Making butter is so much easier than I thought it would be. It takes a lot of cream to get a decent amount of butter. We only yielded a few tablespoons each time we've made butter.

Our butter looks whipped and soft (and it was). Popping it in the fridge will turn it solid, like store-bought butter. It can keep for maybe a week, but it may not stick around that long, ha!


I have been such a busy bee lately. Having six kids can do that to ya. We're wrapping up our homeschool year and still getting the house ready for the market, to sell.

I've painted a LOT of ceilings. We've lived here ten years. Some just got grungy and others were already a lovely shade of color, like puke green in the master bedroom! You can see more of the master bedroom transformation HERE.


Plaster ceilings are not my favorite. The cracks are from the house settling and nothing is actually loose, thankfully. Since we can't replace the ceiling with Sheetrock, I decided that just getting rid of the gross color was doable and necessary.


 Look at the white ceiling paint on the green! It was really noticeable once paint started going up.

Ta da! Much better. Still textured and has some cracks but at least the horrid color is gone.

That light fixture is also an eye-sore IMO but we may just leave it for new homeowners, so they can choose something in their own style. Or maybe they'll like it, who knows.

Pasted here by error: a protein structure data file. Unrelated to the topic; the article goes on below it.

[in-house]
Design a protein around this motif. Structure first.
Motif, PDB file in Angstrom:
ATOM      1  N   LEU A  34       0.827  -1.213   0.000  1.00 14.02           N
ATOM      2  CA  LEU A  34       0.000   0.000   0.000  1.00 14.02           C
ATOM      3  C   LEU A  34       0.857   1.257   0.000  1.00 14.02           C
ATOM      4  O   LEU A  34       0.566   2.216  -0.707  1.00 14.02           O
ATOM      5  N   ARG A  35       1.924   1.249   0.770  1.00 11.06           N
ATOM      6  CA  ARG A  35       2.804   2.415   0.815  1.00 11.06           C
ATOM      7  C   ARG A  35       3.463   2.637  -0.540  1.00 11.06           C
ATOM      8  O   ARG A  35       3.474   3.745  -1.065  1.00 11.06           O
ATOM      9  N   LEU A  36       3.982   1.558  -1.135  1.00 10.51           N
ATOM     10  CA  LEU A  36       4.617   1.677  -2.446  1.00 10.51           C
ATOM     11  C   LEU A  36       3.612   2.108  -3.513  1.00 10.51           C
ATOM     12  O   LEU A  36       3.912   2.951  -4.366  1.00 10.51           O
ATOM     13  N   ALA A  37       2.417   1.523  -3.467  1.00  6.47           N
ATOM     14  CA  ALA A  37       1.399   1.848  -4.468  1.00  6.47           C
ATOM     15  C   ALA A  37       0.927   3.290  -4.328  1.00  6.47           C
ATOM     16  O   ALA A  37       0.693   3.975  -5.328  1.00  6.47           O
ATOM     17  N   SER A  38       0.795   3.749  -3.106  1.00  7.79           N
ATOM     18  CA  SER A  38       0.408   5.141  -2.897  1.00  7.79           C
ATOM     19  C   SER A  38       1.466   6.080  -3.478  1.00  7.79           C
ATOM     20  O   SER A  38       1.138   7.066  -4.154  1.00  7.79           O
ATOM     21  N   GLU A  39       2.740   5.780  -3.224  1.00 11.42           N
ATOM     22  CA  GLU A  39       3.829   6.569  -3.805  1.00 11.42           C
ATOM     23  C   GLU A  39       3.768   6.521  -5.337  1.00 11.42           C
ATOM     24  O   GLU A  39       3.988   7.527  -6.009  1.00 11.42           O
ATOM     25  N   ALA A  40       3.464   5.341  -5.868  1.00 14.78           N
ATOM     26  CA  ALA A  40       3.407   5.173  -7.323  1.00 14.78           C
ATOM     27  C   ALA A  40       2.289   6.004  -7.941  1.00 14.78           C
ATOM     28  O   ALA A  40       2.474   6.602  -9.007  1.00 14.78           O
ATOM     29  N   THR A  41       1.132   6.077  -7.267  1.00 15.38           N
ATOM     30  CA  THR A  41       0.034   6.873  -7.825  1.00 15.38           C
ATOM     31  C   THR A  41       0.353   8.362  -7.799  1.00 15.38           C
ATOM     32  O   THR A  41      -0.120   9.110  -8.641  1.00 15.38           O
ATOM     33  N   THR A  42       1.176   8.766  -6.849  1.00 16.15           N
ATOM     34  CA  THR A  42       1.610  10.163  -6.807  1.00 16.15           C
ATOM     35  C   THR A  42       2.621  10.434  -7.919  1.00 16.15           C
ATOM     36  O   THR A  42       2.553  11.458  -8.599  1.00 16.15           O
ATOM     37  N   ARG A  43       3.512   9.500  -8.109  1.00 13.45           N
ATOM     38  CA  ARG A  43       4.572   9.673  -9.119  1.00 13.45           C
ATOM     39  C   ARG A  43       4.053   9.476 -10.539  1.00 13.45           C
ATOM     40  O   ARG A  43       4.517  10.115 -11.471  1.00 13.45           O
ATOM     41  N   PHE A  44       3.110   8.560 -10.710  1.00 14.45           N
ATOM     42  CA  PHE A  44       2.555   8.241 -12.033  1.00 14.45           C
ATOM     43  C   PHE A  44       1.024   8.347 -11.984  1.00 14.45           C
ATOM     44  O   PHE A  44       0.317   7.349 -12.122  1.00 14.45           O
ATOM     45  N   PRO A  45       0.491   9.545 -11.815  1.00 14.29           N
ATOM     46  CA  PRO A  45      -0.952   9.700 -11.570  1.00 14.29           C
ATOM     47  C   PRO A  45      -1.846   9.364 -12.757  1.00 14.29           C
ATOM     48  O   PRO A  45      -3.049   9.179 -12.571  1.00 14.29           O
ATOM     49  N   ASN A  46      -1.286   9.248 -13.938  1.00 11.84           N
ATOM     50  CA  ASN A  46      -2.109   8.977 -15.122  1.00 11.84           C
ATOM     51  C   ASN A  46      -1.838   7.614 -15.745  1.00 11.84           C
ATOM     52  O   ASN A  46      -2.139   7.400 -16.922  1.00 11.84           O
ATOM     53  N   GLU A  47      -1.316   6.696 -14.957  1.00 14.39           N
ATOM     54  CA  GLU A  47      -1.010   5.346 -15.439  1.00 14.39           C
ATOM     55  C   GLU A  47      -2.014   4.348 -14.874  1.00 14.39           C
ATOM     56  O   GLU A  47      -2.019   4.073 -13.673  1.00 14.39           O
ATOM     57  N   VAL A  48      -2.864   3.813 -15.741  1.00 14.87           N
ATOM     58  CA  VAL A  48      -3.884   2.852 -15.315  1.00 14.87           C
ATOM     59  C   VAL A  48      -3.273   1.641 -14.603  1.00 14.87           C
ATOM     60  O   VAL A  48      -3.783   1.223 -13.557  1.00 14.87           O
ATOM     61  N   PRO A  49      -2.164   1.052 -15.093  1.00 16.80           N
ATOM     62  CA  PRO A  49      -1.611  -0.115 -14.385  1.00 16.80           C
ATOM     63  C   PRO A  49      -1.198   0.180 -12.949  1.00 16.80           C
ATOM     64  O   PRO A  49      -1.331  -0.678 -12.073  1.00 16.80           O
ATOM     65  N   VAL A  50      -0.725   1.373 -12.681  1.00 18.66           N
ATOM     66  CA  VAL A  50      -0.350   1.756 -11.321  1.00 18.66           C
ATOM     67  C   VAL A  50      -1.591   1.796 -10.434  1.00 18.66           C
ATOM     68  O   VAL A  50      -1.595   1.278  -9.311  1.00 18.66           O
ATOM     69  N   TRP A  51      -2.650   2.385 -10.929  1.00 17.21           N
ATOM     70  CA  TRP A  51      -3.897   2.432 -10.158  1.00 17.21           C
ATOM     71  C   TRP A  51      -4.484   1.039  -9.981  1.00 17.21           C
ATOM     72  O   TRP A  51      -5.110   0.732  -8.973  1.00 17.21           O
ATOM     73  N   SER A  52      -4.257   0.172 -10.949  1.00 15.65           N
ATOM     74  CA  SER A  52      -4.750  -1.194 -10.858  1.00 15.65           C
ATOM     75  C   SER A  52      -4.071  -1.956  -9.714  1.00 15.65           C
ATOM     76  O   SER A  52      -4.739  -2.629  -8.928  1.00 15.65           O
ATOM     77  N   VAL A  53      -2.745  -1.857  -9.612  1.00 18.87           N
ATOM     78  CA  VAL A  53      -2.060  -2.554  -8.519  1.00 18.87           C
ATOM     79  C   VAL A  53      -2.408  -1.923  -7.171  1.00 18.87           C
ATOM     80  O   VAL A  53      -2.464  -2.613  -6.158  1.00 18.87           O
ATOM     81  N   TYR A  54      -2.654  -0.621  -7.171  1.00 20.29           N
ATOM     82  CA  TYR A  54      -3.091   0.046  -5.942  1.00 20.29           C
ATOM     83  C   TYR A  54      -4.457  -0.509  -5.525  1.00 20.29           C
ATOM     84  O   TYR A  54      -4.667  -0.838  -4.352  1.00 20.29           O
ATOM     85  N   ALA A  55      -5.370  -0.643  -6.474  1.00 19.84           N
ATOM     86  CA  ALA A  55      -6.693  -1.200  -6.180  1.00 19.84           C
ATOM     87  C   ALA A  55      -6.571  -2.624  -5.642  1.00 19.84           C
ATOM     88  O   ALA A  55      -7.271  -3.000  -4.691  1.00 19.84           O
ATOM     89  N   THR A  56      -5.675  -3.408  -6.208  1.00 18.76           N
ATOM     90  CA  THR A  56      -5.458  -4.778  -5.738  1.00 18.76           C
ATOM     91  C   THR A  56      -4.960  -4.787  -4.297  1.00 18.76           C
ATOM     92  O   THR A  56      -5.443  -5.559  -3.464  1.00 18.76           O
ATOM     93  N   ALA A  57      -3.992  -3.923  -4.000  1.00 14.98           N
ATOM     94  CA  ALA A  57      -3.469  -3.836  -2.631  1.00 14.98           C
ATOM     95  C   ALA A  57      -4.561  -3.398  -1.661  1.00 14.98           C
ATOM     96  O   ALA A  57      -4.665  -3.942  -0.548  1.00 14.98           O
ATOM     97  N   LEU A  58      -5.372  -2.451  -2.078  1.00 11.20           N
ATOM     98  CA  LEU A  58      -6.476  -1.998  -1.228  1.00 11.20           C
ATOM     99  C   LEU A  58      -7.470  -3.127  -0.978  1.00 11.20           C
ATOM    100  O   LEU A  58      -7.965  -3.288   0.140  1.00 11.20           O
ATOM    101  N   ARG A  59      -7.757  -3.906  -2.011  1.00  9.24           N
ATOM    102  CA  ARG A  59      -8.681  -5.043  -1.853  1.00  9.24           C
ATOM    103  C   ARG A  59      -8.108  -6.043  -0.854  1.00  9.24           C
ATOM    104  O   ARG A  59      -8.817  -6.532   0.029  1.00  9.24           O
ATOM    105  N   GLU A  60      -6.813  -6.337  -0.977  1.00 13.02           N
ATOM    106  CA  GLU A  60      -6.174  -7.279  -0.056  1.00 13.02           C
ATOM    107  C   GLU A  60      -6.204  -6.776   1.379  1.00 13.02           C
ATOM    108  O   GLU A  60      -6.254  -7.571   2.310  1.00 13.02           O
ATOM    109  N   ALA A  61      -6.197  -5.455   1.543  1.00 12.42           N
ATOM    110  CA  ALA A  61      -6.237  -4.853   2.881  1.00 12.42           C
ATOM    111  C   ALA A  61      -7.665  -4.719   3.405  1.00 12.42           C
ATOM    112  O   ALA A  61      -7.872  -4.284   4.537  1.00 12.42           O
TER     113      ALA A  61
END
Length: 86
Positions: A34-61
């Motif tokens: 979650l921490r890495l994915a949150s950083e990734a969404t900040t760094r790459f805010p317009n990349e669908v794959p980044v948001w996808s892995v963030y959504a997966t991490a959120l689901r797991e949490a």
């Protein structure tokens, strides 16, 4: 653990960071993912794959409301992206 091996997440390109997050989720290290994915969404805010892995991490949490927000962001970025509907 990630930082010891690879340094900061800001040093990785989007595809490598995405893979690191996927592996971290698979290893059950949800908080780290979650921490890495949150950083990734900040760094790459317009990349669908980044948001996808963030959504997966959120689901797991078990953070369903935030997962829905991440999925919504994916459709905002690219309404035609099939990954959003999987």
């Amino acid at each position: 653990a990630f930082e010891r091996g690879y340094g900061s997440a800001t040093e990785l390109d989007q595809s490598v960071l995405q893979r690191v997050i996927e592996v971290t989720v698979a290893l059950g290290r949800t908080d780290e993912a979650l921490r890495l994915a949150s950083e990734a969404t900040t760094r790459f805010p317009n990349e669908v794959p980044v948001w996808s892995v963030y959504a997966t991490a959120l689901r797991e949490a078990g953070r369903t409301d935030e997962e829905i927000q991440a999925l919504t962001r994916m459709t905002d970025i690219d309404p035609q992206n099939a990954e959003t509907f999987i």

So fresh!

I also painted the dining room ceiling. It had about three different shades of white up there. Now it's all one bright white and pleasant to look at.


 BOYS' BEDROOM also got fresh coat of ceiling paint.

I painted the ceiling on the stairway and in the kitchen as well. Phew! Can I just say... not fun. But the result is worth the neck-breaking work. If I ever had to do that much ceiling work again I would invest in a sprayer. I rolled and brushed it all by hand.

NEXT UP: The Kitchen work has begun! It looks like a Mardi Gras float threw up on the walls. So here's the deal: We're painting the walls and lovely paneling in the kitchen, we're also painting the subfloor (I've seen some cool Pinterest-y DIY stuff that transforms subfloor into gorgeous flooring). White cabinets are being delivered this Tuesday. Daniel will be doing a wood plank focal wall above the sink.

BEFORE (I was doing a test spot here to see if I needed to prime. The answer was YES!):

Priming with Zoe. Already looking way better.